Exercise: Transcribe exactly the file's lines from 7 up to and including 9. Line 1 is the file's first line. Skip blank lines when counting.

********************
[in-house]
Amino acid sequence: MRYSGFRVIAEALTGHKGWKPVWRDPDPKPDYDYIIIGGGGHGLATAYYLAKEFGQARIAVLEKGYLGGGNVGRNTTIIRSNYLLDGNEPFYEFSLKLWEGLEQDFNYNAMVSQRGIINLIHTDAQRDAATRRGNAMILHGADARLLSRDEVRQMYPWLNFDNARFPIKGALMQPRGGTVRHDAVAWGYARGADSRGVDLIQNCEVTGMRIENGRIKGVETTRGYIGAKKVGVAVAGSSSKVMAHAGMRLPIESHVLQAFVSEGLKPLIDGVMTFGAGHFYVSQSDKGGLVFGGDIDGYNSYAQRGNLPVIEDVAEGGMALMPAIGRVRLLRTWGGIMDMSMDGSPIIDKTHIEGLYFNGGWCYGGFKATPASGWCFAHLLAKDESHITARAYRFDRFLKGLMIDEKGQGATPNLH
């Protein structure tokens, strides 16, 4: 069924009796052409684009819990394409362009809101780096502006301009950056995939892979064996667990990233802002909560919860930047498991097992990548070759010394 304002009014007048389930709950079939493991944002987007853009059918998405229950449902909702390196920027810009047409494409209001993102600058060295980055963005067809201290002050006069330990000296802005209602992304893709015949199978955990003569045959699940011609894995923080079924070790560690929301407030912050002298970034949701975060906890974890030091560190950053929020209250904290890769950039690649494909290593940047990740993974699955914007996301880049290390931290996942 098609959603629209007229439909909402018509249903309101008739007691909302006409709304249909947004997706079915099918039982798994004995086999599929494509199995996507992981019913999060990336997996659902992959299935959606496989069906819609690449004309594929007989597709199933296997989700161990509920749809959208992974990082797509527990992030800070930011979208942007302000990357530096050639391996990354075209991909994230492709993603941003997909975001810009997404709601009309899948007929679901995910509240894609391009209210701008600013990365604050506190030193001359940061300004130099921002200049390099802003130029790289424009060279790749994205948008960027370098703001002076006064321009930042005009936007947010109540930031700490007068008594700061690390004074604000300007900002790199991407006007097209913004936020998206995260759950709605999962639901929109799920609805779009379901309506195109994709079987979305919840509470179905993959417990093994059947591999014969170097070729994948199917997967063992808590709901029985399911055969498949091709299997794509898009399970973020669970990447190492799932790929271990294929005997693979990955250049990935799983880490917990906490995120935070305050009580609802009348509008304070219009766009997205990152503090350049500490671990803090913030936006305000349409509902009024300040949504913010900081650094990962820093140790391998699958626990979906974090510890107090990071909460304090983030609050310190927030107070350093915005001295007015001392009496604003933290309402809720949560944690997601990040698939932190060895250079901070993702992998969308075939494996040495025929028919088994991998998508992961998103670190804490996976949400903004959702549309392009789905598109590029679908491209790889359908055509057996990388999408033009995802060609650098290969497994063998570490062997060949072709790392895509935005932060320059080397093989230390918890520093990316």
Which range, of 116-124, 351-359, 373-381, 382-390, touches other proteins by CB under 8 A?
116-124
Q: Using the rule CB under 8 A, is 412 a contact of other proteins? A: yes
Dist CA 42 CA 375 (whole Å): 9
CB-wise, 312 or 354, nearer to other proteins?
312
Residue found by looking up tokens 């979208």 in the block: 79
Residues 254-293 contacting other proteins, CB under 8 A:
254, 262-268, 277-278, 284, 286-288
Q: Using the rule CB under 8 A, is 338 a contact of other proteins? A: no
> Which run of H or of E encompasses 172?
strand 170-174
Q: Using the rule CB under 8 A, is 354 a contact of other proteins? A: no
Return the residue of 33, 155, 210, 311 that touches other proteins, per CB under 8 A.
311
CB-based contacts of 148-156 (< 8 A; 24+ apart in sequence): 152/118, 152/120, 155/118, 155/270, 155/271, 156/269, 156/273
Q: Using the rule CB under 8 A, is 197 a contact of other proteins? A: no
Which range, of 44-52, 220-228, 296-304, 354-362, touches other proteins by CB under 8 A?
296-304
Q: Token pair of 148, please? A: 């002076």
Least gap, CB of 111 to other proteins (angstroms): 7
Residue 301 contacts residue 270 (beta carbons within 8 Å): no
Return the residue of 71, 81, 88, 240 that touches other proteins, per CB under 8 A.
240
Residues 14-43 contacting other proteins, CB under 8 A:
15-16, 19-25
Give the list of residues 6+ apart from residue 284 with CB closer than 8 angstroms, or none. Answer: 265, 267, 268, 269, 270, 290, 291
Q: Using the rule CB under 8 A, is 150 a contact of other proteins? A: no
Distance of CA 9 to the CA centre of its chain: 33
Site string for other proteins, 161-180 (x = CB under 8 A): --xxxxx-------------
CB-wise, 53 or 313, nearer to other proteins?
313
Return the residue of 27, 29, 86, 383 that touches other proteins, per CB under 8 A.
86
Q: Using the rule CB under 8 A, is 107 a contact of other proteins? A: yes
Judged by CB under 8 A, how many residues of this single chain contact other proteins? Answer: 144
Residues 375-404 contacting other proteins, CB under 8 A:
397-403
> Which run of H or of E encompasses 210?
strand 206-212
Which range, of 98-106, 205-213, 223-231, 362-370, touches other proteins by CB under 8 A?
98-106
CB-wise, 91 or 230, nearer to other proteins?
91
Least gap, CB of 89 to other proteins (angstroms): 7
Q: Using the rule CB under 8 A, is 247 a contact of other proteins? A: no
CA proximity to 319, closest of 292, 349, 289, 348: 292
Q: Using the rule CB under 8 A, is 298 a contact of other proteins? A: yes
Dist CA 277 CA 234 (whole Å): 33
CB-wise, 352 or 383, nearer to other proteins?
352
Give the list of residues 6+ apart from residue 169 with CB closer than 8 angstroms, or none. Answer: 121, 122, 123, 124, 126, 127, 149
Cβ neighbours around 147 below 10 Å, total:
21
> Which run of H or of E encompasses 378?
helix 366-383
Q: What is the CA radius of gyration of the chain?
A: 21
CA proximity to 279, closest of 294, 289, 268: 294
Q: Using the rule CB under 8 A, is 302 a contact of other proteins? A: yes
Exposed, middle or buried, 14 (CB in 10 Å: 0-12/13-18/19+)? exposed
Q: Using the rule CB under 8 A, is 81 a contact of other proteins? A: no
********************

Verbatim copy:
Dist CA 42 CA 375 (whole Å): 9
CB-wise, 312 or 354, nearer to other proteins?
312